When Evelyne’s baby boy was born prematurely at seven months, she was terrified he wouldn’t survive.

After fleeing from violence in South Sudan, Evelyne gave birth in a small health centre without resuscitators, incubators or adequate medical supplies. But the centre did have a basic maternity ward and midwives who had been trained in neonatal care.

Immediately after her son’s birth, Evelyne was encouraged by her midwife to start skin-to-skin contact – or Kangaroo Mother Care, as it is known across Africa – to help stabilise her tiny baby’s body temperature.

“My baby was born very early, so I put him between my breasts to keep him warm. The nurse gave me blankets to cover us up,” Evelyne says.

Kangaroo Mother Care has proved so effective in treating hypothermia in newborns that it is now replacing incubators in many low-resource settings.

For example, in small clinics and health centres in the Democratic Republic of the Congo (DRC) – which often lack not only medicines and equipment but a reliable supply of electricity – Kangaroo Mother Care is a life-saving strategy for health workers to have at their disposal.

Dr Ann Burton, UNHCR’s Chief of Public Health, emphasises the urgent need for neonatal training for health workers in the DRC, where an estimated 96,000 newborns die every year.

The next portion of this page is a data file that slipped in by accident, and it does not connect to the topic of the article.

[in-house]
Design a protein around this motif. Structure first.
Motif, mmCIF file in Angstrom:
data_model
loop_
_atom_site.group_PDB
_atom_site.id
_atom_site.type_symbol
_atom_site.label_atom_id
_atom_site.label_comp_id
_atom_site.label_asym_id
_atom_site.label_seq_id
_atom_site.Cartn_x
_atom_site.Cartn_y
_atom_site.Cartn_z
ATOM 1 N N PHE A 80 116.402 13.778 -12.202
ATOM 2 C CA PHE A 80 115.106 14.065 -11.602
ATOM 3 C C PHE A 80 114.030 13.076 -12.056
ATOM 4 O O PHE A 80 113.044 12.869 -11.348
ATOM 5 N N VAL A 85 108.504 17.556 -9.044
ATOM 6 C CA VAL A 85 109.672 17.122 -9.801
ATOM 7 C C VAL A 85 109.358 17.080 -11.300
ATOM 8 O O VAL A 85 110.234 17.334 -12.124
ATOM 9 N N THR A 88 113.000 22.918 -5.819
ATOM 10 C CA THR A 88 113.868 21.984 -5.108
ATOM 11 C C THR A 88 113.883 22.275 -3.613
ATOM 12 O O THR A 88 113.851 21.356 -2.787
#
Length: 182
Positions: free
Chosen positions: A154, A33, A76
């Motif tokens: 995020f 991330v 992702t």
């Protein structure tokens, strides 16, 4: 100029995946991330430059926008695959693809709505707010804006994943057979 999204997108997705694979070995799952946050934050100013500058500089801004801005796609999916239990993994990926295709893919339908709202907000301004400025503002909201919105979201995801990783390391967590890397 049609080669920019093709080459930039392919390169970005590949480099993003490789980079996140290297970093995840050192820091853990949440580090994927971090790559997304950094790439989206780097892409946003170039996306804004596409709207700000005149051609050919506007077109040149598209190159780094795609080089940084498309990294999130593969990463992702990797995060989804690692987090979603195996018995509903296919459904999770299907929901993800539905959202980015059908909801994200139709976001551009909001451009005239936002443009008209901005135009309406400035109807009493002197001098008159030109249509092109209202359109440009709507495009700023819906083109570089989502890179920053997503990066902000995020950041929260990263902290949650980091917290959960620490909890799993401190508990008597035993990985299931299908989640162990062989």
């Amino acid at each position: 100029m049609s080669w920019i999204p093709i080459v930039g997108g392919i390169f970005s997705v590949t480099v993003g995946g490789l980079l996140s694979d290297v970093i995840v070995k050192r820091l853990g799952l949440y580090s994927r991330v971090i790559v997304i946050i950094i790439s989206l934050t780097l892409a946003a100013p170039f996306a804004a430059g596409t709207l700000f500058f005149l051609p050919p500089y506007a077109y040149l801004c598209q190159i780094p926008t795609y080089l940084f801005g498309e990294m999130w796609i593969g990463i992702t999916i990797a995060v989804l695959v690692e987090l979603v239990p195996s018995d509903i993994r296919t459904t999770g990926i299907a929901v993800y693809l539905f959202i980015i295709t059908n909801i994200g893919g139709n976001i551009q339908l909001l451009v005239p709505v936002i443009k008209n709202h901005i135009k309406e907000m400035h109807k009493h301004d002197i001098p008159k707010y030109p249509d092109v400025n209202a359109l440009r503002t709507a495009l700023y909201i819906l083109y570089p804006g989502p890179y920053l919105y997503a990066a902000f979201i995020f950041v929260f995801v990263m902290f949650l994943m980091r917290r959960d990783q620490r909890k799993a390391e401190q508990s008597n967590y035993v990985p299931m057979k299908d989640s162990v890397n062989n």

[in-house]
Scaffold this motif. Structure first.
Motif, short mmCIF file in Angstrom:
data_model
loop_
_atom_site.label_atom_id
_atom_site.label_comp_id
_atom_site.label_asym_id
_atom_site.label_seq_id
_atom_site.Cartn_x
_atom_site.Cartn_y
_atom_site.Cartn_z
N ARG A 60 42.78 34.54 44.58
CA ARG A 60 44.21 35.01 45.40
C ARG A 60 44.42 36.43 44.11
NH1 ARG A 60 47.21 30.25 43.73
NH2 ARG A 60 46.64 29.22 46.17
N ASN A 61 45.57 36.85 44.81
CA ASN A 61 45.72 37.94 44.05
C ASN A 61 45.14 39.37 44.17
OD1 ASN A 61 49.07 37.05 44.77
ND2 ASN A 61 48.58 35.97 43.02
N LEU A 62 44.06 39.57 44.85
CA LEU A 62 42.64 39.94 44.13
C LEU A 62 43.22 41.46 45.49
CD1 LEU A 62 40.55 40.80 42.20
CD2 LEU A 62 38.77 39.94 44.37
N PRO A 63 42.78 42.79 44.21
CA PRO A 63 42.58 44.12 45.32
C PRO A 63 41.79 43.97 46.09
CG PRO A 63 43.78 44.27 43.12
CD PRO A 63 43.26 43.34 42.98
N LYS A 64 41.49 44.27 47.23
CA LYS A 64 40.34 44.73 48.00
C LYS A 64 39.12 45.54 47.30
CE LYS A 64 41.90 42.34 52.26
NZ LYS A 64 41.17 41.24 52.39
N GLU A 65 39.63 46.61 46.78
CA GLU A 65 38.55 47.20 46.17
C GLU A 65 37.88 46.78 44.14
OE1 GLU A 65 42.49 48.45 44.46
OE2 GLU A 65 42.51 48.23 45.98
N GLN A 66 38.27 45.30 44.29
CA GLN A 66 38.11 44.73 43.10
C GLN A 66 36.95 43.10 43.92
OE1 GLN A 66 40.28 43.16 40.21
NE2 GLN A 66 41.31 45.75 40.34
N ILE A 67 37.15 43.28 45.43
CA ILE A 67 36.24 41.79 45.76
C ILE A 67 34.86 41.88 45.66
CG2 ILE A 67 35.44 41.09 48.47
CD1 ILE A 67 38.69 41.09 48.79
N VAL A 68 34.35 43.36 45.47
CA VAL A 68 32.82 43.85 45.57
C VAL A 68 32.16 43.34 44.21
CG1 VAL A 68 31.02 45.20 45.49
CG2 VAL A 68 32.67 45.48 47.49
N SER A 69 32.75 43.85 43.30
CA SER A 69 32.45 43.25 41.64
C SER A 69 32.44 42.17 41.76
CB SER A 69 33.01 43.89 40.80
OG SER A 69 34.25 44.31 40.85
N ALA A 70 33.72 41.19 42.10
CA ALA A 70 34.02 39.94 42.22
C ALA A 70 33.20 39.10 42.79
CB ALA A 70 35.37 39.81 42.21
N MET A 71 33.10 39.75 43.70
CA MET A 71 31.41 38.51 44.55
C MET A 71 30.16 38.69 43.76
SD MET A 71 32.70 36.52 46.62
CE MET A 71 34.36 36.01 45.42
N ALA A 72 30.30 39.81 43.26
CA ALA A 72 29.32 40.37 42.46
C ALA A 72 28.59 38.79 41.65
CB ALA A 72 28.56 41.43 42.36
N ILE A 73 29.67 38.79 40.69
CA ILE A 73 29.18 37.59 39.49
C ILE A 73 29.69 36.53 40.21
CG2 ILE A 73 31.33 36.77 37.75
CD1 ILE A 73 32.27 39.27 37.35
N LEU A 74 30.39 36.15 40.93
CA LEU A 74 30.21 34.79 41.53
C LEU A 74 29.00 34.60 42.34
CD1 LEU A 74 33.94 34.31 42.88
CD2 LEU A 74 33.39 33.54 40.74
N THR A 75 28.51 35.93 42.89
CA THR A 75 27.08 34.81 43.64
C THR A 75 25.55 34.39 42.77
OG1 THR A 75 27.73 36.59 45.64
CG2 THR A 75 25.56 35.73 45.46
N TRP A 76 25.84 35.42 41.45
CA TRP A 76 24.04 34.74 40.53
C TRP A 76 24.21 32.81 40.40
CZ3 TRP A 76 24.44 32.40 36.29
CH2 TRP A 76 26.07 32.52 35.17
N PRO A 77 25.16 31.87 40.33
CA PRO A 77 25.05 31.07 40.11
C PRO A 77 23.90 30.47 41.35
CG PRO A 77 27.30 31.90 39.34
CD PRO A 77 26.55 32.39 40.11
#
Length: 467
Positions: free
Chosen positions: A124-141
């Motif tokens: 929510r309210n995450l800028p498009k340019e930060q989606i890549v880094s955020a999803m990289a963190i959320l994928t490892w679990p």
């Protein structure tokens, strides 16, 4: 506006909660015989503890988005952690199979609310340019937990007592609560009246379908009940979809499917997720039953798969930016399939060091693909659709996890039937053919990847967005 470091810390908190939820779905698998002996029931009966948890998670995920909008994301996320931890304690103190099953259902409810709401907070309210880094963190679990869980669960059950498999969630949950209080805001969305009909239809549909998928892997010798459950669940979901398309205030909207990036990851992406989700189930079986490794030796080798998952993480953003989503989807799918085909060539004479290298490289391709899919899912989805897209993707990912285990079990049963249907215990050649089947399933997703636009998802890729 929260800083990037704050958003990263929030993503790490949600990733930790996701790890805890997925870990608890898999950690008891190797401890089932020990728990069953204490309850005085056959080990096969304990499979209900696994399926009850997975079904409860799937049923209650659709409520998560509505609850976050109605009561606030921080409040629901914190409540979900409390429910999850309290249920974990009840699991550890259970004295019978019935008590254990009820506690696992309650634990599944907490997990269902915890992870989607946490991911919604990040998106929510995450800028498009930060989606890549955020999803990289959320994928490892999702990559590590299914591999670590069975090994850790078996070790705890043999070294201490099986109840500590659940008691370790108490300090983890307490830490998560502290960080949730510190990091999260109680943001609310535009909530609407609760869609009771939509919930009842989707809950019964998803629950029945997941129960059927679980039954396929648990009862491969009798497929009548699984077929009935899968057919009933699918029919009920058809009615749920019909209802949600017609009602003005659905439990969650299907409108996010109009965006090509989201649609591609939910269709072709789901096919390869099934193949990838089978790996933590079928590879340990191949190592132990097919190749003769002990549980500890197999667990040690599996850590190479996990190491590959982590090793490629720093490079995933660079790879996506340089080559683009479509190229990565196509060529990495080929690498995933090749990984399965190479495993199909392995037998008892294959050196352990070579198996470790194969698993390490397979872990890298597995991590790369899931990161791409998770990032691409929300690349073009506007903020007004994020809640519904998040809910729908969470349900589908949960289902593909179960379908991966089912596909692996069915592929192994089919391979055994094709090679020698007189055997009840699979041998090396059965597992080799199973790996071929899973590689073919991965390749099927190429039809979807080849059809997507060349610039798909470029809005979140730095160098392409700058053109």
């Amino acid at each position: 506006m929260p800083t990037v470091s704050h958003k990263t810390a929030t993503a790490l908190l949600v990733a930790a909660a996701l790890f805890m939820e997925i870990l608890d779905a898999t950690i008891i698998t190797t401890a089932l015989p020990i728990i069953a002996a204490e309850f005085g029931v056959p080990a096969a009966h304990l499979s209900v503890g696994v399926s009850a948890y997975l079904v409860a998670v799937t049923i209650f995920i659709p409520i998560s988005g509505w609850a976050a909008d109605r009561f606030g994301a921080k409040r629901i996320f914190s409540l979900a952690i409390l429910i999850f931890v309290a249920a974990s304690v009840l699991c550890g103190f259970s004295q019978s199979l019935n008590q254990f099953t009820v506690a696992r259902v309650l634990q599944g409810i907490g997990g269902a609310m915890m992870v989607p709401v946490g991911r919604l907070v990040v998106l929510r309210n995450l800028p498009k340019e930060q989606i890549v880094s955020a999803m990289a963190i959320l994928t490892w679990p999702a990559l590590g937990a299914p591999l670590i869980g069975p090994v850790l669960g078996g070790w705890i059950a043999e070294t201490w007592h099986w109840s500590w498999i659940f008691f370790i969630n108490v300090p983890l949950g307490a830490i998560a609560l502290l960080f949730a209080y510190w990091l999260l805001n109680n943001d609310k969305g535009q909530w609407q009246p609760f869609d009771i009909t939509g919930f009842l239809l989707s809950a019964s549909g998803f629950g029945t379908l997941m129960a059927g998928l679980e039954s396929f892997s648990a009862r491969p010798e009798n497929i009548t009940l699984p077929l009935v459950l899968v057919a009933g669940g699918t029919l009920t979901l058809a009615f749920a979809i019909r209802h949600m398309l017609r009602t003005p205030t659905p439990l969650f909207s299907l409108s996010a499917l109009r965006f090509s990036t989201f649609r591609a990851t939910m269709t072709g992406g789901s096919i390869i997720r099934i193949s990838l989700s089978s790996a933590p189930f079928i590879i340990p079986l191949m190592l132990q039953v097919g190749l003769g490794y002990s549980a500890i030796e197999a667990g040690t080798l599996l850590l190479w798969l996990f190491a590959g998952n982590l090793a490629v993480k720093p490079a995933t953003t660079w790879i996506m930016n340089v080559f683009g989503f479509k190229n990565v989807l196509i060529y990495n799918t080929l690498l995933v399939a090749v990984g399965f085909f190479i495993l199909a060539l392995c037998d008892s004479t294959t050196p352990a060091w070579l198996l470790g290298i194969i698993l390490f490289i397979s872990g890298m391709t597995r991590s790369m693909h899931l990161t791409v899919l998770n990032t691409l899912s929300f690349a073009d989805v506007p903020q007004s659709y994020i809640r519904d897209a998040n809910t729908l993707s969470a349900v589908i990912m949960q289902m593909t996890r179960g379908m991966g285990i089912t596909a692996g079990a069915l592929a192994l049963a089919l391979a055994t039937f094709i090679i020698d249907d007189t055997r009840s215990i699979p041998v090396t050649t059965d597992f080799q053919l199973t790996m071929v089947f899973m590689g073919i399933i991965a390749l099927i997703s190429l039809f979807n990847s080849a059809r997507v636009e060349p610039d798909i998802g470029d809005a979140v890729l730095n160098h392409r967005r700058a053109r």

“Our advice is always ‘skilled attendants at delivery’. While it’s best for a woman to give birth in a health facility, this is not always possible. In the end, it’s not so much where the delivery takes place but who is in attendance. Whether it’s a doctor, nurse or midwife, they need to be skilled in managing basic obstetric complications,” says Ann.

 

Kangaroo Mother Care, or skin-to-skin contact, can be as effective at stabilising a newborn’s body temperature as a neonatal incubator.

© UNHCR/J. Redden

As well as Kangaroo Mother Care, staff need to be trained in other simple but high-impact interventions during the first hour of a newborn’s life, known as the ‘golden hour’. These include manual resuscitation techniques and cord care – a third of all neonatal deaths are caused by an infection entering the baby’s body through the umbilical cord stump.

Educating new mothers about the importance of early breastfeeding is also an important strategy in preventing newborns deaths, as breast milk contains powerful antibodies that protect babies from infection.

Evelyne’s baby received the critical care he needed to survive, but childbirth remains a matter of life and death for many refugee women and their newborns.

This World Refugee Day, help save the life of a newborn by delivering urgent neonatal care to the DRC 
DONATE TODAY

Share this:

facebook twitter

You can help

Make a donation

Every donation makes a real and lasting difference in the lives of refugees.

Organise a fundraiser

Host a bake sale, climb a mountain or do a fun run to raise funds for vital aid.